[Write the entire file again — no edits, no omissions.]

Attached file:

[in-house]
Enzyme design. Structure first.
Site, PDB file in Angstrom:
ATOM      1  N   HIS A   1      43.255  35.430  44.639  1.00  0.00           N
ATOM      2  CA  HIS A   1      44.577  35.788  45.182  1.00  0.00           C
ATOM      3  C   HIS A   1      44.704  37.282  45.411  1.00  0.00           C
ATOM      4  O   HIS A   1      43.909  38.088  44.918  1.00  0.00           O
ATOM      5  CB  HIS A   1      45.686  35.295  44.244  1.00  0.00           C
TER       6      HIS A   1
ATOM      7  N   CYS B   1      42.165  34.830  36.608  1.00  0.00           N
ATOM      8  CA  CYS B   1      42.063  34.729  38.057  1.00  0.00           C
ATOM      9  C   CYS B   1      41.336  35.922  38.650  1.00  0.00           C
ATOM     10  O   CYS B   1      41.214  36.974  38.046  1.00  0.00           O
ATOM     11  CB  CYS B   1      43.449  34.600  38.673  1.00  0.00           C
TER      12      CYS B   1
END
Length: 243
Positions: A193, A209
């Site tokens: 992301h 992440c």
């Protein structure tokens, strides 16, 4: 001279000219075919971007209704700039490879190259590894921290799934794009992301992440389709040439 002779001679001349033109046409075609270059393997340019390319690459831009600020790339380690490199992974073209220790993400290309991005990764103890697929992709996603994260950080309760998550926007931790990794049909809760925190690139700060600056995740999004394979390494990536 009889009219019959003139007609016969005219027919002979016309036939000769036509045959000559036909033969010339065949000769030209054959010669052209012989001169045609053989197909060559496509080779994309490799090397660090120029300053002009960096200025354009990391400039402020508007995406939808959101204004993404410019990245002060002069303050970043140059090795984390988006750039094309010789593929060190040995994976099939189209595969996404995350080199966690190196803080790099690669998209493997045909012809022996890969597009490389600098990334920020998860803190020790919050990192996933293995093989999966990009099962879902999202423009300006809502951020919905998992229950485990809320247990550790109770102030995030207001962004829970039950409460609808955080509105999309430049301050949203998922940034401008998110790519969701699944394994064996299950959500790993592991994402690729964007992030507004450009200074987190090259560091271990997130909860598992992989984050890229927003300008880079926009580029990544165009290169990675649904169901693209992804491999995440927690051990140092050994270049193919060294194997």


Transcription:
[in-house]
Enzyme design. Structure first.
Site, PDB file in Angstrom:
ATOM      1  N   HIS A   1      43.255  35.430  44.639  1.00  0.00           N
ATOM      2  CA  HIS A   1      44.577  35.788  45.182  1.00  0.00           C
ATOM      3  C   HIS A   1      44.704  37.282  45.411  1.00  0.00           C
ATOM      4  O   HIS A   1      43.909  38.088  44.918  1.00  0.00           O
ATOM      5  CB  HIS A   1      45.686  35.295  44.244  1.00  0.00           C
TER       6      HIS A   1
ATOM      7  N   CYS B   1      42.165  34.830  36.608  1.00  0.00           N
ATOM      8  CA  CYS B   1      42.063  34.729  38.057  1.00  0.00           C
ATOM      9  C   CYS B   1      41.336  35.922  38.650  1.00  0.00           C
ATOM     10  O   CYS B   1      41.214  36.974  38.046  1.00  0.00           O
ATOM     11  CB  CYS B   1      43.449  34.600  38.673  1.00  0.00           C
TER      12      CYS B   1
END
Length: 243
Positions: A193, A209
């Site tokens: 992301h 992440c």
């Protein structure tokens, strides 16, 4: 001279000219075919971007209704700039490879190259590894921290799934794009992301992440389709040439 002779001679001349033109046409075609270059393997340019390319690459831009600020790339380690490199992974073209220790993400290309991005990764103890697929992709996603994260950080309760998550926007931790990794049909809760925190690139700060600056995740999004394979390494990536 009889009219019959003139007609016969005219027919002979016309036939000769036509045959000559036909033969010339065949000769030209054959010669052209012989001169045609053989197909060559496509080779994309490799090397660090120029300053002009960096200025354009990391400039402020508007995406939808959101204004993404410019990245002060002069303050970043140059090795984390988006750039094309010789593929060190040995994976099939189209595969996404995350080199966690190196803080790099690669998209493997045909012809022996890969597009490389600098990334920020998860803190020790919050990192996933293995093989999966990009099962879902999202423009300006809502951020919905998992229950485990809320247990550790109770102030995030207001962004829970039950409460609808955080509105999309430049301050949203998922940034401008998110790519969701699944394994064996299950959500790993592991994402690729964007992030507004450009200074987190090259560091271990997130909860598992992989984050890229927003300008880079926009580029990544165009290169990675649904169901693209992804491999995440927690051990140092050994270049193919060294194997």